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Your aquaponics fish tank is one of the two main components needed for your DIY system. So, of course, it makes sense that it’s often the subject of great discussion and concern. But it doesn’t have to be.
In fact, deciding upon your tank can be the easiest part of creating your system. There are, however, general rules you need to apply to the decision in order to achieve ultimate system success.
Your tank must be secure in order to function correctly and serve as a stress free container for your aquatic life sources. Therefore, it must be strong and sturdy enough to hold the water and life required to nourish the grow bed above. Water will be flowing to and from your fish tank to your grow bed, so that extra weight can affect flexible materials. You may appreciate being able to easily move your tank around, but your fish won’t. Stress is a common factor in the health of marine life, so don’t waste your time and money if you’re not going to care for these animals. If you’re serious about your system, choose a sturdy container.
It goes without saying, but the container must be waterproof. This also means that being water tight is a mandatory requirement. It’s a shame to get everything set up only to find at the end that your recycled tank leaks. But that happens quite often. Marine grade silicon and gaskets can help prevent that. If you’re recycling a container, test it before purchasing your fish.
Beware of Toxins
Some materials – such as metal, untreated lumber, and certain plastics – can contain or leech toxins into the water. The only toxins that should enter the water are from the fish waste that will be used by your plants. Anything else will kill your fish supply and potentially your plants as well. If reusing plastic containers, be certain that they NEVER held any type of chemical. Chemicals can sink into plastic and release slowly. At the same time, ensure your materials are inert and do not affect your system’s pH balance. Metal containers are notorious for rusting or leeching toxins into the surrounding water. That harm the fish, the plant life, and our bodies. So metal containers should not be considered for aquaponics grow beds or fish tanks.
So then, what should you look for regarding your tank? The size should be dependent on the type of system you’re creating. A simple beginner’s ratio is 1:1, meaning stock one fish per plant grown above in the grow bed. As experience grows, however, that ratio can rise to 2:1 – two fish per plant. The extra toxins created by the fish waste can cause the plants to flourish exponentially. But wait until you know your fish will survive before spending the time and money on the extra marine life. Also, depending on which fish you select, you may simply need to permit enough time for natural reproduction to occur. And, oh yes, it will happen.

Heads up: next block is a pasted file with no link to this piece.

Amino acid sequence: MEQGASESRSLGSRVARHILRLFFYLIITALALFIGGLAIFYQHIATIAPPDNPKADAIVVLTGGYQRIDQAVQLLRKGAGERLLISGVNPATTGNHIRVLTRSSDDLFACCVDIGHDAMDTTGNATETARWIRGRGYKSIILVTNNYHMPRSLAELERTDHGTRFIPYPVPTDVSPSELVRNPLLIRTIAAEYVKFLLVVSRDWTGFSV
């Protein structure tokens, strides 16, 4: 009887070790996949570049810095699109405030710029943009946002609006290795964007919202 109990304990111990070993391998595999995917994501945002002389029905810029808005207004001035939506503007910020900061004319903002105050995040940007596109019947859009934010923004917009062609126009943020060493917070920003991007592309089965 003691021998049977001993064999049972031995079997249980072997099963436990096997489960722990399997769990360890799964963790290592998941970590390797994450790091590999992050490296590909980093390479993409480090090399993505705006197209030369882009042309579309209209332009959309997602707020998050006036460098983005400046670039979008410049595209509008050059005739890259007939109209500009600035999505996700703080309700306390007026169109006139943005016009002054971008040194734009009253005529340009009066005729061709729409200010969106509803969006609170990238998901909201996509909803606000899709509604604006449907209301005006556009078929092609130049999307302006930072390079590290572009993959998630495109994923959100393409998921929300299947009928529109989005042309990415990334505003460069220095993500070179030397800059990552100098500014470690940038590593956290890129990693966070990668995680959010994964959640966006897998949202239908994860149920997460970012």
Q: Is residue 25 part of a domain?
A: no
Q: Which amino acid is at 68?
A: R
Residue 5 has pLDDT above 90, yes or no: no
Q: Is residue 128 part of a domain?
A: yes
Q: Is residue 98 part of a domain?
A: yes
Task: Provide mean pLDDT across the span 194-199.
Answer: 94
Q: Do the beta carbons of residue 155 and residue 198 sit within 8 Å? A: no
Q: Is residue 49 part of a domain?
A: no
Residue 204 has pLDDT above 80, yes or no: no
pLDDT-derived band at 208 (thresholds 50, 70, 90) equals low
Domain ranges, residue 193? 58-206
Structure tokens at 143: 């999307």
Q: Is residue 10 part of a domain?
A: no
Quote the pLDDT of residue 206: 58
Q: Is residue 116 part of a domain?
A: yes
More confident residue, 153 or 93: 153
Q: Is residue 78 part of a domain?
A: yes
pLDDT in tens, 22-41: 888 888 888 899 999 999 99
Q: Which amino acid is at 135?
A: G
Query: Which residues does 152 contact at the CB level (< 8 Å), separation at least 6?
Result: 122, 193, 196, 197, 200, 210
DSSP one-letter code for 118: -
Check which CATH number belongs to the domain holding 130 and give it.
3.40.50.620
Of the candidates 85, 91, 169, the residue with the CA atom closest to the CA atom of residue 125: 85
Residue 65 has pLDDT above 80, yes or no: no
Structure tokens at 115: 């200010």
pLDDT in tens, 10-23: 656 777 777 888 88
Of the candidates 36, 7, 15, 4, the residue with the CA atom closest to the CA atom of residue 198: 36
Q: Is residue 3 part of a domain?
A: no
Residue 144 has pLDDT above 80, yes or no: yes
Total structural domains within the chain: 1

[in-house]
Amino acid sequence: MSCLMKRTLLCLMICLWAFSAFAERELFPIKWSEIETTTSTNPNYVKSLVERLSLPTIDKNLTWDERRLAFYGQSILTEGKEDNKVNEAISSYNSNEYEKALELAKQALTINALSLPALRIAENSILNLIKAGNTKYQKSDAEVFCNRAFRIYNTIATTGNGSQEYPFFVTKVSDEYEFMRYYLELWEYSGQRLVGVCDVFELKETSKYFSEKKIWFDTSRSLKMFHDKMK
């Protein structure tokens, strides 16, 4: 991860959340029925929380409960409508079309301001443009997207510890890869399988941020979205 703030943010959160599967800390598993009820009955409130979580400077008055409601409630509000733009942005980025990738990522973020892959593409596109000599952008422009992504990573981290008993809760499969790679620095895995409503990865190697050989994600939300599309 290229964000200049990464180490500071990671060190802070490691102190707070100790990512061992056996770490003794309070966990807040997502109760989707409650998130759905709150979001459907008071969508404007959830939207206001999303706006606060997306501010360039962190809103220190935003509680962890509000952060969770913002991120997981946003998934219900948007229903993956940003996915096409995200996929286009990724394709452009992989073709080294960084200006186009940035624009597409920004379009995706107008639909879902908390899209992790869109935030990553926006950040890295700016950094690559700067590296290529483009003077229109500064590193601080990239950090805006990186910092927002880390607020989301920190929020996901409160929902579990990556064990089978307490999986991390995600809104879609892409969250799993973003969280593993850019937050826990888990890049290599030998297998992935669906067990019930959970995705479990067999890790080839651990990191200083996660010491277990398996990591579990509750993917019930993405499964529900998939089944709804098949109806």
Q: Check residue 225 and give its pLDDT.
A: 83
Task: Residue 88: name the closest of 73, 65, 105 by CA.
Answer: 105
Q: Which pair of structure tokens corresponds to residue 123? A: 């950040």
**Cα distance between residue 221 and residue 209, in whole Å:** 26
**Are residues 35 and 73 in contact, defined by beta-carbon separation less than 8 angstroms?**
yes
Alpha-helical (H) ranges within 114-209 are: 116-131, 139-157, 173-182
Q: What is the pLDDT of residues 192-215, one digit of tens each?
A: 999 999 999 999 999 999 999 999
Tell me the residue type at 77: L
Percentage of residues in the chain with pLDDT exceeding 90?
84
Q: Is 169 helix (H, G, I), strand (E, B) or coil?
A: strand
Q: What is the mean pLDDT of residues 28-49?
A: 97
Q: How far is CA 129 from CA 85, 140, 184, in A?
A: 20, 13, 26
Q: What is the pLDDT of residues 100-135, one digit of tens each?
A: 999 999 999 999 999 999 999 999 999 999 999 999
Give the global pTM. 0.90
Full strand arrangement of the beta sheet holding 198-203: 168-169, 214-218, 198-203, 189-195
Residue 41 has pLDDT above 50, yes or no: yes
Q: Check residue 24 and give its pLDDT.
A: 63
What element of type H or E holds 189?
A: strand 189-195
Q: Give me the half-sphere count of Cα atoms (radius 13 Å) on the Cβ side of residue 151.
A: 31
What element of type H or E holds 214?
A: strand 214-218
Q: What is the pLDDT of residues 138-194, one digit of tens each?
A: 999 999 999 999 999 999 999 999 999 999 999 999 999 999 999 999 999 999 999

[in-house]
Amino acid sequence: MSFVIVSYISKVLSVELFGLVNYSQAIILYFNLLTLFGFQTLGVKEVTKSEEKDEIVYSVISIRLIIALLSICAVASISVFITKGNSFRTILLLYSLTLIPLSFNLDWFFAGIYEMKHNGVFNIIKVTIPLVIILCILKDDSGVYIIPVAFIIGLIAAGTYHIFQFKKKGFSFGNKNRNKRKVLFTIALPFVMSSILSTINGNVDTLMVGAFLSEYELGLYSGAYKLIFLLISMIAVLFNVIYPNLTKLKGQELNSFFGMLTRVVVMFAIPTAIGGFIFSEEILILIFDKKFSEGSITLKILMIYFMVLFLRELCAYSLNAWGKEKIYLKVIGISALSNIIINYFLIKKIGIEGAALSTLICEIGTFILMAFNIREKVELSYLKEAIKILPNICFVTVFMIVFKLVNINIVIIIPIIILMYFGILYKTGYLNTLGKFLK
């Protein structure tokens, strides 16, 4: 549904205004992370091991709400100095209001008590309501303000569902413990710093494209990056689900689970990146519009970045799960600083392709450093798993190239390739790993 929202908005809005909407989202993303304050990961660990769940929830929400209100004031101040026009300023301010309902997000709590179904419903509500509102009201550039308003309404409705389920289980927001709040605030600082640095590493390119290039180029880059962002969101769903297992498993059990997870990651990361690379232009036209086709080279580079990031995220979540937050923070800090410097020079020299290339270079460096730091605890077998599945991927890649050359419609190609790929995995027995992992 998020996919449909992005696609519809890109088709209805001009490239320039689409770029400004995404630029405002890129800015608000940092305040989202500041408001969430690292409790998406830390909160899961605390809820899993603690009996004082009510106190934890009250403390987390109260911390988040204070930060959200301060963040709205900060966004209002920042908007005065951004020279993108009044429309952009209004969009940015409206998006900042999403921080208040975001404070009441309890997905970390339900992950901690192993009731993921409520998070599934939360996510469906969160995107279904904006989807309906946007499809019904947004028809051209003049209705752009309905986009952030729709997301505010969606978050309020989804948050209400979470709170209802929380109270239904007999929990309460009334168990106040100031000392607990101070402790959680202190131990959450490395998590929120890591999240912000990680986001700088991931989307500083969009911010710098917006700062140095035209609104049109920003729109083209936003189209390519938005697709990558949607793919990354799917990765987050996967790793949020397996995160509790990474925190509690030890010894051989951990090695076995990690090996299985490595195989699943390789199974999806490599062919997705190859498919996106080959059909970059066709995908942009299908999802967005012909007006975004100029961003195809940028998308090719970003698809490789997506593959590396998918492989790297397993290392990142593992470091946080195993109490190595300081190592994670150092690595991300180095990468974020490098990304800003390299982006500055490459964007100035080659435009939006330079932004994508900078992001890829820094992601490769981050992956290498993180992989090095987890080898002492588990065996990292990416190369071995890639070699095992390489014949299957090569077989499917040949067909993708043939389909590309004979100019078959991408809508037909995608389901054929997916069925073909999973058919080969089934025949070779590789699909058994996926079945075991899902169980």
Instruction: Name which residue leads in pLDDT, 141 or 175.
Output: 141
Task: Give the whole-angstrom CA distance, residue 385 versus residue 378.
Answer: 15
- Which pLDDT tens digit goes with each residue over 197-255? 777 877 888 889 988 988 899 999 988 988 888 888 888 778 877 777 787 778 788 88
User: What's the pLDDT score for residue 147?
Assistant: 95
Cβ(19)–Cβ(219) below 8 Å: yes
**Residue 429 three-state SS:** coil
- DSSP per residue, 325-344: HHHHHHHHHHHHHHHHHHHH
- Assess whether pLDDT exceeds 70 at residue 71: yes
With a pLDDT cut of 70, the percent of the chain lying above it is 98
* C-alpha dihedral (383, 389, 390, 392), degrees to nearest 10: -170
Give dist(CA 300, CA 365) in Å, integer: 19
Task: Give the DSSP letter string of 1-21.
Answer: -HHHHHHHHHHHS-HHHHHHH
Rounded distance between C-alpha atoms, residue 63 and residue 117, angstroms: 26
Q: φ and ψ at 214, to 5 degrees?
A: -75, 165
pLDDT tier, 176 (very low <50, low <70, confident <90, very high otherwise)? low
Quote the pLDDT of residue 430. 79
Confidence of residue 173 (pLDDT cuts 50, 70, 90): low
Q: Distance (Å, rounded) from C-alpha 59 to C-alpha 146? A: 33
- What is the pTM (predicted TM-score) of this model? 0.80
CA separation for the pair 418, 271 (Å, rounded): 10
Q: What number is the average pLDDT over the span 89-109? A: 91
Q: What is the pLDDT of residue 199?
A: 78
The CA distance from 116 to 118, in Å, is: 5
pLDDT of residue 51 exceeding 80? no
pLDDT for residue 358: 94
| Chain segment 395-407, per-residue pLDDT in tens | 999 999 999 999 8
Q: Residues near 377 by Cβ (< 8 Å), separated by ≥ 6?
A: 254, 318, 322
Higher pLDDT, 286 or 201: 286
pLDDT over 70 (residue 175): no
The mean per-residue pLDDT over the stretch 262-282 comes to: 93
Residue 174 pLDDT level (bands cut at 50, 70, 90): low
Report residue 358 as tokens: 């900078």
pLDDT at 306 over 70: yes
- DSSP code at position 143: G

Many people reuse common items for theirs. Of course empty glass tanks are common, but so are old bathtubs and unused pools or ponds. If you are not recycling an item you have access to and intend to purchase a tank specifically for this purpose, there are some things to consider. A round or oval tank may be more beneficial than a squared off unit. This allows more of a continual water temperature without the worry of dead zones – those corners where cold patches and toxins settle and lead to aquatic suffocation.
Regarding depth, opt for a wider container over a deep one. Of course, it should be deep enough to encourage your fish to roam freely, but a wider and shallower tank allows better gas distribution within the water. This results in less stress on your fish.
The location is important as well. Warm and cold water fish react differently, so keeping a tank full of cold water fish in a sun lit or overly warm area is just a waste of time and money. However, your fish should only see enough light to be able to distinguish whether it’s daytime or evening. Otherwise their internal clocks get all wonky and you’ll have a tank full of half-dead stressed out critters. If too much light filters into your tank, algae will form and create extra toxins that will destroy your system.
Best Design for Your System
Your optimal Do-It-Yourself aquaponics system design can be anything you choose. Run with whatever calls to you and fits your lifestyle. However, the flood and drain gardening system is one of the most common and easiest options for beginners. It can also be attractive and large enough to continue using after your experience levels increase.
The pump and drain is a basic system which doesn’t require a sump pump. It works for 1:1 and 2:1 ratios, and it’s easy to create and maintain. In this design, the tank sits on a flat level, deck or ground, and the grow bed is above it on a frame. A pump and siphon connect the two in order to exchange nutrients and clean water. And it’s that simple.
Certainly you can opt for a complicated system if that’s what you really want. But for basic home users, the flood and drain system is the easiest option. There are no bells and whistles, and you have complete access to your grow bed and shallow aquaponics fish tank. After all, your fish aren’t going to care how fancy your system is, so why should you?
Image Credit: Cara Harpole via Flickr | https://www.flickr.com/photos/caraharpole